Every year on Independence Day, millions of Americans tackle the same series of questions: Where can I go to see the fireworks? What kind of snarky Facebook status update can I write that will make me feel superior while irritating my British friends? And what does it really mean to be American?
Well, here's a new one: What does it really mean for a car to be American? Once it was as simple as Chevy=American, Honda=Japanese and BMW=German. But global manufacturing, global design centers and global supply chains have muddied those distinctions. If a car is designed at Toyota's Californian studio by American industrial designers, then produced by American workers at Toyota's Mississippi factory, is that a Japanese car?
American University's Kogod School of Business has released an index to help answer questions like these. They've looked at the big picture by taking all of the following into account:
- Profit Margin: Where the automaker's global headquarters is located
- Labor: Where the car is assembled
- Research and Development Inventory, Capital, and Other Expenses: Location of assembly
- Engine and Transmission: Location of production
- Body, Interior, Chassis, Electrical, and Other: Location of production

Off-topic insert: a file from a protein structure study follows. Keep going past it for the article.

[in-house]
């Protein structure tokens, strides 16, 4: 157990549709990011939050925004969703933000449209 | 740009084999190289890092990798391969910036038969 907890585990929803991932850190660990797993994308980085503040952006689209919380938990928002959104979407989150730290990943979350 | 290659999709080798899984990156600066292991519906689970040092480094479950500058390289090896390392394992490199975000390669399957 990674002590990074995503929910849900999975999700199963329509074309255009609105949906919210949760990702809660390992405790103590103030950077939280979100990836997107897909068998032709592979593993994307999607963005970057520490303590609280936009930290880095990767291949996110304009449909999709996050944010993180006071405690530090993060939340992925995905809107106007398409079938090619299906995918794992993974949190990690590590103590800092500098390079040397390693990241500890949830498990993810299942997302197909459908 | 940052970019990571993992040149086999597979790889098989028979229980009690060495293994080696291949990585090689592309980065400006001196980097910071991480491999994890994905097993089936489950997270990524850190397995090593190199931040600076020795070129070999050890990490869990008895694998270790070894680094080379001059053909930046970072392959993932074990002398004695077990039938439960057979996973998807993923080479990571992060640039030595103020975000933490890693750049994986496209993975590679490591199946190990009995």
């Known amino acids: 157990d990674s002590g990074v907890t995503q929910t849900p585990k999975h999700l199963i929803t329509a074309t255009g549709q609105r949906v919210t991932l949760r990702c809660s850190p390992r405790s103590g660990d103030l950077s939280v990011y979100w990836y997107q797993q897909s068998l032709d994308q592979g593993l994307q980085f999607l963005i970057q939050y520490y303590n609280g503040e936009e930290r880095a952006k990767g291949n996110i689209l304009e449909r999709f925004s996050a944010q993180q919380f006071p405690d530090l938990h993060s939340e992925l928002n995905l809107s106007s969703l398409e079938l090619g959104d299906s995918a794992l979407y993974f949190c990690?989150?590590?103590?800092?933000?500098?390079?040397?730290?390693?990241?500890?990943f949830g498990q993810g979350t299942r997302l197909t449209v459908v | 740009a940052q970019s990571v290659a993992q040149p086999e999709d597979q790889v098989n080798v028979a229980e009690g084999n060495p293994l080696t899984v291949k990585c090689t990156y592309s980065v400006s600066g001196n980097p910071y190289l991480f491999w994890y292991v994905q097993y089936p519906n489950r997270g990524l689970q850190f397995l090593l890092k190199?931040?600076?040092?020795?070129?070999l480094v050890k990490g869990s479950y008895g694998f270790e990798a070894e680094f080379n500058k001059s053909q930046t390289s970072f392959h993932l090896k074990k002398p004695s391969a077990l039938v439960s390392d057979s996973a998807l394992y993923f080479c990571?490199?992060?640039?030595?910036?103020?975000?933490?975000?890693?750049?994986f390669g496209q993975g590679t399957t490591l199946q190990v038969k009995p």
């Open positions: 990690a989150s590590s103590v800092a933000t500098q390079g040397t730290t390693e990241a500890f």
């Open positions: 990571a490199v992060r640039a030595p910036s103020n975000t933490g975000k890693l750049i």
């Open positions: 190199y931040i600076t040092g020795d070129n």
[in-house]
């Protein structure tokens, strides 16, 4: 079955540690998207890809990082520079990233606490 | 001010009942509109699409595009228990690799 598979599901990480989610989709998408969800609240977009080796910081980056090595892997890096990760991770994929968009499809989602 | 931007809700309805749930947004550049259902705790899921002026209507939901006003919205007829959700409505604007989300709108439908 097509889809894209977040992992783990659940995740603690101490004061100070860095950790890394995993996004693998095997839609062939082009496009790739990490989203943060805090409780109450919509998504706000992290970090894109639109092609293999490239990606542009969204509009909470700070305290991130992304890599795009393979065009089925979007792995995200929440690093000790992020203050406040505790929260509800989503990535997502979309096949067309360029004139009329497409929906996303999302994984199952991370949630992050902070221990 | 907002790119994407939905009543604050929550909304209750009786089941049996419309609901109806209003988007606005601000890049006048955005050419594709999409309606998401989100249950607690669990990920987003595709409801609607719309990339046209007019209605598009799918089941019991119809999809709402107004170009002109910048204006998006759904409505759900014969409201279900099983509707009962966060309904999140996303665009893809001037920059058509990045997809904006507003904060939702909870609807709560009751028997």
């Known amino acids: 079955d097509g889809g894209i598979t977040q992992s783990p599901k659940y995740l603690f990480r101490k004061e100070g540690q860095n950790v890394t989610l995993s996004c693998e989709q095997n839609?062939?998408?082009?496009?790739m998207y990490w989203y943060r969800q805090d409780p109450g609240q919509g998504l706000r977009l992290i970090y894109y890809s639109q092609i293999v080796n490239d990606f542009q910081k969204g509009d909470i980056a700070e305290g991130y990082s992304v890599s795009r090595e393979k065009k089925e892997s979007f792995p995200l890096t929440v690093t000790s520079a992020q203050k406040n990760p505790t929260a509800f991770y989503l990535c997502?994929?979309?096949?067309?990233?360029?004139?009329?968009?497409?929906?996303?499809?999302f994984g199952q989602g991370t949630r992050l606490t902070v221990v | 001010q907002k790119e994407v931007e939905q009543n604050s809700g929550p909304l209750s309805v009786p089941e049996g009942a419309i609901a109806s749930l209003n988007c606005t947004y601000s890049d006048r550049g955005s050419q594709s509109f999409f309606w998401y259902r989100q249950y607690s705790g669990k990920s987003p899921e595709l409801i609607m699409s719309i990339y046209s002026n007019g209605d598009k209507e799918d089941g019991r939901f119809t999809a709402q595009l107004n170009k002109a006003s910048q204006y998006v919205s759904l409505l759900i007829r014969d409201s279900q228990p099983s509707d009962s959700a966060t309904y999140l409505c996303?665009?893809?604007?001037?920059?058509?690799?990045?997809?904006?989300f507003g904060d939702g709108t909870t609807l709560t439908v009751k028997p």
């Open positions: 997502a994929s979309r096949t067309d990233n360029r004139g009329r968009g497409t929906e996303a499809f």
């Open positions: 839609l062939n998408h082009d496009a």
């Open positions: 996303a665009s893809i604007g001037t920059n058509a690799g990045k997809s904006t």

- National Highway Traffic Safety Administration AALA "Domestic Content" Score
By crunching the numbers, they've determined a ranking of what are, in essence, the most- and least-American cars. Top of the list is nothing to brag about, I'm afraid: The 2015 Buick Enclave is ranked #1 with an 87.5% domestic content figure.
But the list gets more surprising the further down it you go. Honda's Odyssey minivan is more American (78.5%) than Chrysler's Jeep Grand Cherokee (75%). The Toyota Camry is more American (78.5%) than the Ford Mustang (77.5%). The Acura RDX beats the Tesla, the Hyundai Santa Fe beats the Chevy Camaro, the Honda Accord beats the Dodge Viper, et cetera.
Take a gander at the list here, type your car model into the search box, and see just how Yankee your ride is. The answer might surprise you.
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